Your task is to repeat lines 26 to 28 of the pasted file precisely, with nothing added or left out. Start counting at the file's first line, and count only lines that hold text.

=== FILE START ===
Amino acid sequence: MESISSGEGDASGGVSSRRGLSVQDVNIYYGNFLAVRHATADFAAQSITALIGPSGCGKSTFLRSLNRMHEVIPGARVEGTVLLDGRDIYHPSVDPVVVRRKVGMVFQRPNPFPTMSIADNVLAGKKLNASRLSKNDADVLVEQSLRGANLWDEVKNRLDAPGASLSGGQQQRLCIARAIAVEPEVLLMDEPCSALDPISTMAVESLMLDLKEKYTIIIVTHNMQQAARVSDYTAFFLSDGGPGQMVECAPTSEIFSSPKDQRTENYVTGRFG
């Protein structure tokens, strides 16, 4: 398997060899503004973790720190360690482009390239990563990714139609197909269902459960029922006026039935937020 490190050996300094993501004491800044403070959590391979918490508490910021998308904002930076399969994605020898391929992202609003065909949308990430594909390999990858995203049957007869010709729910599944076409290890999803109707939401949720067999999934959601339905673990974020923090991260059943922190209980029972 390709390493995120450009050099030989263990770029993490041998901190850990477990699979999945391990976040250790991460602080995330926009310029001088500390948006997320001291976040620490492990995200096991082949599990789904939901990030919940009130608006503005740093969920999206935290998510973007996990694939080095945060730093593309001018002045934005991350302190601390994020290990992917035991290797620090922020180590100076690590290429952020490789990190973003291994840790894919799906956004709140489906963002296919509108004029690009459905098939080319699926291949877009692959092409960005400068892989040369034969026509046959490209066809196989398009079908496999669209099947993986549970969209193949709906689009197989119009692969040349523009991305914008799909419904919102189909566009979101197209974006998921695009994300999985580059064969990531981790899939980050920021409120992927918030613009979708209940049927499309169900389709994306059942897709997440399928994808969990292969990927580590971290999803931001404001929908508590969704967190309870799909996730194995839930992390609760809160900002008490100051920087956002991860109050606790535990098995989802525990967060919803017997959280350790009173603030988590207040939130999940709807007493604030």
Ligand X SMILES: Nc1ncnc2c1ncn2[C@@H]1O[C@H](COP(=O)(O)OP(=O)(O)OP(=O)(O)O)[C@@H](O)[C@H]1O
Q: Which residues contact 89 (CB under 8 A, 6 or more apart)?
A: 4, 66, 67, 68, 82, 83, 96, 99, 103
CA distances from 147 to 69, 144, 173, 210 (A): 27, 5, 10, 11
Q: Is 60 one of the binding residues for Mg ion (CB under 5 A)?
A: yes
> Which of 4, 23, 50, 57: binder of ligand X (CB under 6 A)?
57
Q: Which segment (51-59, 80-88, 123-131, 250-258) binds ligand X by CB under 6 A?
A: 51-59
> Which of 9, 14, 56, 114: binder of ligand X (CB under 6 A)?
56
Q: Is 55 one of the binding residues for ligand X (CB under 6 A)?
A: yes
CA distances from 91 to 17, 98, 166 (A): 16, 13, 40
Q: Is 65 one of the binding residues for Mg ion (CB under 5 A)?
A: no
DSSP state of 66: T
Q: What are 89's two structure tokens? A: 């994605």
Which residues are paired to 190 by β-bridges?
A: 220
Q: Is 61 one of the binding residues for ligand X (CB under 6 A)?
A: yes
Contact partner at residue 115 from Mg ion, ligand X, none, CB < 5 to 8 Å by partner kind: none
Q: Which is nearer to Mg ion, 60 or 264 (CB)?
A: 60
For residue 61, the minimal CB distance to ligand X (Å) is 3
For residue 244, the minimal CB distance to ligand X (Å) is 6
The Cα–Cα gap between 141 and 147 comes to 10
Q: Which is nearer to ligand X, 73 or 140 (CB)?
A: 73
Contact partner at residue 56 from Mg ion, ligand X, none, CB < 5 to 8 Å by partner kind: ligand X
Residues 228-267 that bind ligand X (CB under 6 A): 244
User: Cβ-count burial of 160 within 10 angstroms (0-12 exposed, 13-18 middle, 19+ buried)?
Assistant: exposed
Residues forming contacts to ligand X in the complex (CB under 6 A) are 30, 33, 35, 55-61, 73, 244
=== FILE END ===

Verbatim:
Contact partner at residue 115 from Mg ion, ligand X, none, CB < 5 to 8 Å by partner kind: none
Q: Which is nearer to Mg ion, 60 or 264 (CB)?
A: 60